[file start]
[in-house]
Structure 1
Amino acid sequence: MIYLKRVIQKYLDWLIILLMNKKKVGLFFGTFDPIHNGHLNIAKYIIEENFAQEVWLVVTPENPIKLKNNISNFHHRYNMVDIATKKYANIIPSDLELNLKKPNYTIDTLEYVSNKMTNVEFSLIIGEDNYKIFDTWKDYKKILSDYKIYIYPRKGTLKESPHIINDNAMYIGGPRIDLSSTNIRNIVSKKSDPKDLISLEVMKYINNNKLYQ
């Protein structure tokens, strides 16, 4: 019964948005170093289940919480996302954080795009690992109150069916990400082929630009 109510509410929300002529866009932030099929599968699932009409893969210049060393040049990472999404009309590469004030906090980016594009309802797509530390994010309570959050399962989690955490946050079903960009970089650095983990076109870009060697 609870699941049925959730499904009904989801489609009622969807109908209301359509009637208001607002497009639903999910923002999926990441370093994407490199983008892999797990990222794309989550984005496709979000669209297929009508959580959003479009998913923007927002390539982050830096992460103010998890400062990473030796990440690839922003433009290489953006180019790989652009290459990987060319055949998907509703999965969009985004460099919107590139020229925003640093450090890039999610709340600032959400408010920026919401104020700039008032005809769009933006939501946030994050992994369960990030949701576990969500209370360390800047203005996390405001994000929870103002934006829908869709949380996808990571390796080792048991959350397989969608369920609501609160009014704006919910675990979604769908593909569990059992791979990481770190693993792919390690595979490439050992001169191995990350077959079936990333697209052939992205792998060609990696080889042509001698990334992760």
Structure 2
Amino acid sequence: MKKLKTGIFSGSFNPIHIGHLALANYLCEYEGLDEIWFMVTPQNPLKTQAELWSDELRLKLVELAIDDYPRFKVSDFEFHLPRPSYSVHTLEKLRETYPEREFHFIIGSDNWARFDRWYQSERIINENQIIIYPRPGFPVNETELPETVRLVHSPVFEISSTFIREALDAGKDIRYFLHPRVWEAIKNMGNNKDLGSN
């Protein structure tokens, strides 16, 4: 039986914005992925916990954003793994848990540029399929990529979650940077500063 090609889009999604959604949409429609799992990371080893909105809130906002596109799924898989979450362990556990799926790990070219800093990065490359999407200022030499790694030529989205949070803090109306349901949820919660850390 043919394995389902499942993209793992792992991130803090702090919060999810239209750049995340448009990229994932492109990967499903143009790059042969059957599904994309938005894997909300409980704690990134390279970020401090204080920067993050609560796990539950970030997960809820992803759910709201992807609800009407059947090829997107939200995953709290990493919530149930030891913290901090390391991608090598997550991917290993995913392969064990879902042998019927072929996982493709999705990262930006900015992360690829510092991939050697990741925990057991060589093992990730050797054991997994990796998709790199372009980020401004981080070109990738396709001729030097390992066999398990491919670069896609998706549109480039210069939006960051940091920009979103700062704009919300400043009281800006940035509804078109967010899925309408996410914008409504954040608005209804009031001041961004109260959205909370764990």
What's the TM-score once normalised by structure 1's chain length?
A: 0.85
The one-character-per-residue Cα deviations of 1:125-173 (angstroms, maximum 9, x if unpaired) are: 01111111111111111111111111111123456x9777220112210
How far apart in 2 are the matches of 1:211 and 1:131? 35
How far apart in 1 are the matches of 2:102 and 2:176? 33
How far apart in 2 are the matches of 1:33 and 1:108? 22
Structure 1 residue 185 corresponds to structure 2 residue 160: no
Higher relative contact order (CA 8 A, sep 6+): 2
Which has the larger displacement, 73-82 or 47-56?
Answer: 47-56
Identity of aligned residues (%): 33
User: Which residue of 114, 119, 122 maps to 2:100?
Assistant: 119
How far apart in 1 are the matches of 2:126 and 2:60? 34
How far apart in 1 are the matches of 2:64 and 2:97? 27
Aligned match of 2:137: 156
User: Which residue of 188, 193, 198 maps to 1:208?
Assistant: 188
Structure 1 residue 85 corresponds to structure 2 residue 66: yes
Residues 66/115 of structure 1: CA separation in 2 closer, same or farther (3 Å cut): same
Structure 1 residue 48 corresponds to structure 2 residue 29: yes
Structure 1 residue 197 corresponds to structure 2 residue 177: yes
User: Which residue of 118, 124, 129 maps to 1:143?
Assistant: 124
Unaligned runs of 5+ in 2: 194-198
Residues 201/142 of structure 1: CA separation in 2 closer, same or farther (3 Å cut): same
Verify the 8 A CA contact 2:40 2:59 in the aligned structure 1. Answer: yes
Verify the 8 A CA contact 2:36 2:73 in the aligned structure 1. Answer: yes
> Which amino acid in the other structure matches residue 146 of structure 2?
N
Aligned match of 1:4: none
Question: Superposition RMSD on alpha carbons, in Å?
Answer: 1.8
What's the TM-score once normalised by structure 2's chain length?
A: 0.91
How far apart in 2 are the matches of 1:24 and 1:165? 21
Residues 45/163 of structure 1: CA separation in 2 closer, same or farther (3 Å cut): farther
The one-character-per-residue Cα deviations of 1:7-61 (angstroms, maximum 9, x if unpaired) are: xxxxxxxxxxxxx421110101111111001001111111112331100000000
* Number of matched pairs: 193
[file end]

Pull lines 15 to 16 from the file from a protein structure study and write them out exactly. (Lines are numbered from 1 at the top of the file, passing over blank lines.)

Higher relative contact order (CA 8 A, sep 6+): 2
Which has the larger displacement, 73-82 or 47-56?